Despite Pakistan’s rich title history in hockey, their record at the Commonwealth Games is relatively poor.
Only twice have the Greenshirts, record four-time winners of the World Cup and three-time Olympic gold medallists, finished amongst the medal places — a bronze in 2002, followed by a silver in 2006.
Part of it could be explained by the fact that once hockey was introduced to the Commonwealth Games in 1998, Pakistan’s decline in the sport had already begun.
Pakistan last won the World Cup in 1994 and their last Olympic medal — a bronze — came in 1992. Although Pakistan won gold at the 2010 Asian Games and a silver at the following edition of the quadrennial continental spectacle, those medals were quickly forgotten with the national team failing to qualify for each of the last two Olympics as well as the 2014 World Cup.
The team will also miss next year’s World Cup having failed to secure qualification for the event after finishing fifth at the Asia Cup earlier this year.
Captain Umar Bhutta, however, is heading into the team’s Commonwealth Games Pool ‘A’ opener against South Africa on Saturday confident that his side can breathe some life into Pakistan hockey by securing a medal in Birmingham.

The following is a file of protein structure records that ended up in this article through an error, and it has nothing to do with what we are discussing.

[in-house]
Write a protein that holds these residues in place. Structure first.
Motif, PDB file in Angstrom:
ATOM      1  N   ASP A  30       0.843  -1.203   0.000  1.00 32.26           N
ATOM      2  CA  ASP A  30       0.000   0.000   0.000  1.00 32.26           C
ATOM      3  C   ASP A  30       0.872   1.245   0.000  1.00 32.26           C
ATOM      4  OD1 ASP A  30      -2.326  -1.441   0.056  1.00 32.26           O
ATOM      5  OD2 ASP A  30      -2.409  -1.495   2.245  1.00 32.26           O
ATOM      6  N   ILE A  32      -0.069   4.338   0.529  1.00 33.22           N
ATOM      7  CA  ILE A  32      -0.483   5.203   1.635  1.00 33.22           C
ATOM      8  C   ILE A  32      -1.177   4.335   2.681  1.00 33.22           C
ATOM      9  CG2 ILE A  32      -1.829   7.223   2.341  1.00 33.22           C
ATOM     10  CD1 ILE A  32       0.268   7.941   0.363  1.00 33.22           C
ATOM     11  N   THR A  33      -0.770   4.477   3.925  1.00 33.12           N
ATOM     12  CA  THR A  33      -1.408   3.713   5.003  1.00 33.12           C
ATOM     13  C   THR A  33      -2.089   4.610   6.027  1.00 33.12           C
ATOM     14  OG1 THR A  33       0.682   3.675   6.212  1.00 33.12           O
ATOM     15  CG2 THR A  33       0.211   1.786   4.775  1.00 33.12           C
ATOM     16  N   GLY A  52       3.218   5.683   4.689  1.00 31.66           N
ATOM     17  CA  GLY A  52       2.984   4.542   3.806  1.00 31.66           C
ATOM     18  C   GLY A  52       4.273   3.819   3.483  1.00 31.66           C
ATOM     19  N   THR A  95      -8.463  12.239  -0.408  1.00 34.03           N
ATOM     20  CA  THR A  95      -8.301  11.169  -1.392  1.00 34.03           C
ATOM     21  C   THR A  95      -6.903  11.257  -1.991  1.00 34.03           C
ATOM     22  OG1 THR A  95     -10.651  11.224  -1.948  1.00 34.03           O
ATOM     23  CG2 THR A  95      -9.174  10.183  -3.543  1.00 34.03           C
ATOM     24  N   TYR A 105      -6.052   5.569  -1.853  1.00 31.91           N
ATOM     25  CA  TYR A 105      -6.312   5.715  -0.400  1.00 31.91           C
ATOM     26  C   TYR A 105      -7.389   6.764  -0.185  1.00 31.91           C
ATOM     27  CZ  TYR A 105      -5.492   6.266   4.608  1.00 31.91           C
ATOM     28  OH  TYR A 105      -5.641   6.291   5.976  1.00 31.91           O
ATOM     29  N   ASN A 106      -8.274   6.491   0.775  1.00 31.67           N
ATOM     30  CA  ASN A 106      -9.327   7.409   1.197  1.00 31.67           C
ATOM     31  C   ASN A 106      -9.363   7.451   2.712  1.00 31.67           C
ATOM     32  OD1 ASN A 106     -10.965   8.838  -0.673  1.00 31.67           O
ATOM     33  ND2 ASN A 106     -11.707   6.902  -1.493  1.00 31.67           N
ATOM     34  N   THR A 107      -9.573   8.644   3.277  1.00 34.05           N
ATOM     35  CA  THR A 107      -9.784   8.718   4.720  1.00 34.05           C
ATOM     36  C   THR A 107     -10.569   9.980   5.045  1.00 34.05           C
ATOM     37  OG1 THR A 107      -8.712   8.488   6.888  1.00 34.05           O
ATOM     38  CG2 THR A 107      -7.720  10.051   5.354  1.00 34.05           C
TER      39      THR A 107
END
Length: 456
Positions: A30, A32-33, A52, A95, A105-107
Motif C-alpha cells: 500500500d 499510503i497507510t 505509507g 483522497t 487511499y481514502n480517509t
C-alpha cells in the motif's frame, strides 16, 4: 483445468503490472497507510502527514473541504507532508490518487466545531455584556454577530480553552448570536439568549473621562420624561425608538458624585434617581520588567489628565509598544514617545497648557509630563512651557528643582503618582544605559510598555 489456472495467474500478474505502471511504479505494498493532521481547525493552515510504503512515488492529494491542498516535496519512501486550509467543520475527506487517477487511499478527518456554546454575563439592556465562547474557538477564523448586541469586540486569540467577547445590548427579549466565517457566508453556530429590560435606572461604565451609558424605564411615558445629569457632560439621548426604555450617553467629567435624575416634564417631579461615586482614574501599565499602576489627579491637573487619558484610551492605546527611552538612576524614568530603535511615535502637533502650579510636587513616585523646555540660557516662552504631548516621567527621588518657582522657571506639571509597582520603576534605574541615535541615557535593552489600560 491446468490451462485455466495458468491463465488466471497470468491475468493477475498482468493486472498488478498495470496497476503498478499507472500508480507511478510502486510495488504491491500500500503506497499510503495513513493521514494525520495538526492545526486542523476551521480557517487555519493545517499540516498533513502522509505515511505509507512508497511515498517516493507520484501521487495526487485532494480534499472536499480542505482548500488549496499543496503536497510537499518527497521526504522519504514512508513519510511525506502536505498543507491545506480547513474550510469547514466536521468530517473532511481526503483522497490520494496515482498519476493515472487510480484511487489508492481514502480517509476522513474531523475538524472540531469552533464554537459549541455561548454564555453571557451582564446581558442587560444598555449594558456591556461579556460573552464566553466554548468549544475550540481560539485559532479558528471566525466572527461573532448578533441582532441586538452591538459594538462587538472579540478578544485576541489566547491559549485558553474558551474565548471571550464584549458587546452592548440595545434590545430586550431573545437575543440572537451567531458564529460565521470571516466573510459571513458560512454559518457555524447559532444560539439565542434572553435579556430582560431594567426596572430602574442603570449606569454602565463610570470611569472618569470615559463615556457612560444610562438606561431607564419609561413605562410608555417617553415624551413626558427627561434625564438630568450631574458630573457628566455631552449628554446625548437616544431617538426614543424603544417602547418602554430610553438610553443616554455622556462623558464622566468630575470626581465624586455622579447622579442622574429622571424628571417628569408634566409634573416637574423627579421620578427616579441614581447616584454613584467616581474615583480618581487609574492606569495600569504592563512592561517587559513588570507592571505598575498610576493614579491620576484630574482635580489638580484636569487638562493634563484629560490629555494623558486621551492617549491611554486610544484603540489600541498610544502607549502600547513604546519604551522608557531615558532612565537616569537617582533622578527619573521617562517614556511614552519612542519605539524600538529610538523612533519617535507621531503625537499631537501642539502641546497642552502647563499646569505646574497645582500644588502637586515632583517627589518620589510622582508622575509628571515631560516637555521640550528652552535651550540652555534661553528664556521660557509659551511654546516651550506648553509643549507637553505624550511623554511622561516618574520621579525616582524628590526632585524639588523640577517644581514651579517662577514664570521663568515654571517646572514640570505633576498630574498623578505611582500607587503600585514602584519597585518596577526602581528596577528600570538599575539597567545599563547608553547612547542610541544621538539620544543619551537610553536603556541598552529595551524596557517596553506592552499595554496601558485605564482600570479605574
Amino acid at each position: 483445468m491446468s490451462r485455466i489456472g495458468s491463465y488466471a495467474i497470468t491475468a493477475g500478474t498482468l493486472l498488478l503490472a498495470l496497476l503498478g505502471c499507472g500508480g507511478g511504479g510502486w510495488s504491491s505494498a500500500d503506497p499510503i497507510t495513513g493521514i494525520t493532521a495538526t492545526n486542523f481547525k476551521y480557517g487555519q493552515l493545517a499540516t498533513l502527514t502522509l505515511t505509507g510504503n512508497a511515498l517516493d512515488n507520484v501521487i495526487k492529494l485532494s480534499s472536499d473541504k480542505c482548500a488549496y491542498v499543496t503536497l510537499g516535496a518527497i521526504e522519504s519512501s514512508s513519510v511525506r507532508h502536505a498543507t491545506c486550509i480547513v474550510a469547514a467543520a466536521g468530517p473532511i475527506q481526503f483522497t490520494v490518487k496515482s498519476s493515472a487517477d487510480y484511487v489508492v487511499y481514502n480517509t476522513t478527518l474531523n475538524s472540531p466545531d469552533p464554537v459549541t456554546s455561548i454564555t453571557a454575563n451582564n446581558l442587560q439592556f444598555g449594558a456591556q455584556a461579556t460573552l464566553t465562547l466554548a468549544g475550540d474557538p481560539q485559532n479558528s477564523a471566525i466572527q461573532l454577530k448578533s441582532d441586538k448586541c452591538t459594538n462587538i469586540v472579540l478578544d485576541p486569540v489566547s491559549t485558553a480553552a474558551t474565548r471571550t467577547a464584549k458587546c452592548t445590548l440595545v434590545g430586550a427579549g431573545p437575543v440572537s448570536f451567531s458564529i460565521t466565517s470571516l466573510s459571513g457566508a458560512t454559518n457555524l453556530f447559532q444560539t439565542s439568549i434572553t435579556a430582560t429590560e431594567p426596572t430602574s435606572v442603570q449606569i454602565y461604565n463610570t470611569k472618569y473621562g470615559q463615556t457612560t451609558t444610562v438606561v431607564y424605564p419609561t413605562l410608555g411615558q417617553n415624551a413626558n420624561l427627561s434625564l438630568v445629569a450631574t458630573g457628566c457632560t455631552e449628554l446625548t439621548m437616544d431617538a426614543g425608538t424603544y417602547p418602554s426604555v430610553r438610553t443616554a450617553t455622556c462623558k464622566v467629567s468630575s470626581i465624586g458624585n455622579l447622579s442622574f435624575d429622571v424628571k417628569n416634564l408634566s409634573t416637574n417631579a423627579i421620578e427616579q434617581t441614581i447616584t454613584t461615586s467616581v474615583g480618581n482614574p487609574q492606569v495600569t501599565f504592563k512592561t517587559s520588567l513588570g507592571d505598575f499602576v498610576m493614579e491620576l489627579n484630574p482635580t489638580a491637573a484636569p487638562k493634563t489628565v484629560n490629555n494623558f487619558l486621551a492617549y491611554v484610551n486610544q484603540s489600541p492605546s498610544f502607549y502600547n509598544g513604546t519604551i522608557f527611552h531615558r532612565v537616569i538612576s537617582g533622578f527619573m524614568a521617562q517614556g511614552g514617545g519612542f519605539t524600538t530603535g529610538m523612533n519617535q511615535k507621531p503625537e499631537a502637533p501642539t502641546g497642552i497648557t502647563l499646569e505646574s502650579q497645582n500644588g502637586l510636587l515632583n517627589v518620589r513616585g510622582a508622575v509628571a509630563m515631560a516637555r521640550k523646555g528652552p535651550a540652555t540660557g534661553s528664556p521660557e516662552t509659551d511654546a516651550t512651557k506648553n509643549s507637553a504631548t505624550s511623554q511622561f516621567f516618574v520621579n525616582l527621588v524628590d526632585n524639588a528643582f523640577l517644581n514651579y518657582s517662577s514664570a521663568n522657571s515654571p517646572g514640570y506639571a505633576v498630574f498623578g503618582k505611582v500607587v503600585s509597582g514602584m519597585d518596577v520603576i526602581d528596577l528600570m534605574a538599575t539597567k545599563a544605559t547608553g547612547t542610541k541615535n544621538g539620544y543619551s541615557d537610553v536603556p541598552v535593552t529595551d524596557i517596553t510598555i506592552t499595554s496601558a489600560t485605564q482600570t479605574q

“The motivation is to take Pakistan back to where it belonged,” Umar told Dawn in a telephone interview on Friday. “The players are pumped up and want to achieve something here … we want to get a medal and improve Pakistan’s legacy at these Games.”
Pakistan’s young side, with several players having come into the team only last year, also face New Zealand, Scotland and six-time champions Australia in their pool with the top two advancing to the semi-finals.
“It is a challenge for us but the good thing about having a young side is that there is no fear,” said Umar. “They are gunning to go all out.”
Umar believes a medal at the Games would also ease out some pain of missing out on next year’s World Cup.
“We worked very hard but we couldn’t make it,” he reflected. “It was difficult for us and things didn’t fall our way but the players realise that this is just the start of a long journey to take Pakistan back to the top.”
Umar admitted that Pakistan, the pioneers of fancy stick-work in the sport, had failed to improve on the technical side of the sport to fall behind the rest of the world.
“Modern-day hockey is very technical,” he said. “There is a lot of stress on fitness and the new coaching set-up [led by Dutchman Siegfried Aikman] is working on bringing us up to the top level in that regard. What we need is stability and facilities at par with the international standard.”
The Pakistan skipper believes a good performance at the Commonwealth Games could set the tone for next year’s Asian Games and the Olympics in Paris the following year.
“We can build from here,” said Umar. “The Asian Games offer a direct qualification slot for the Olympics for the winner. That’s our aim right now.”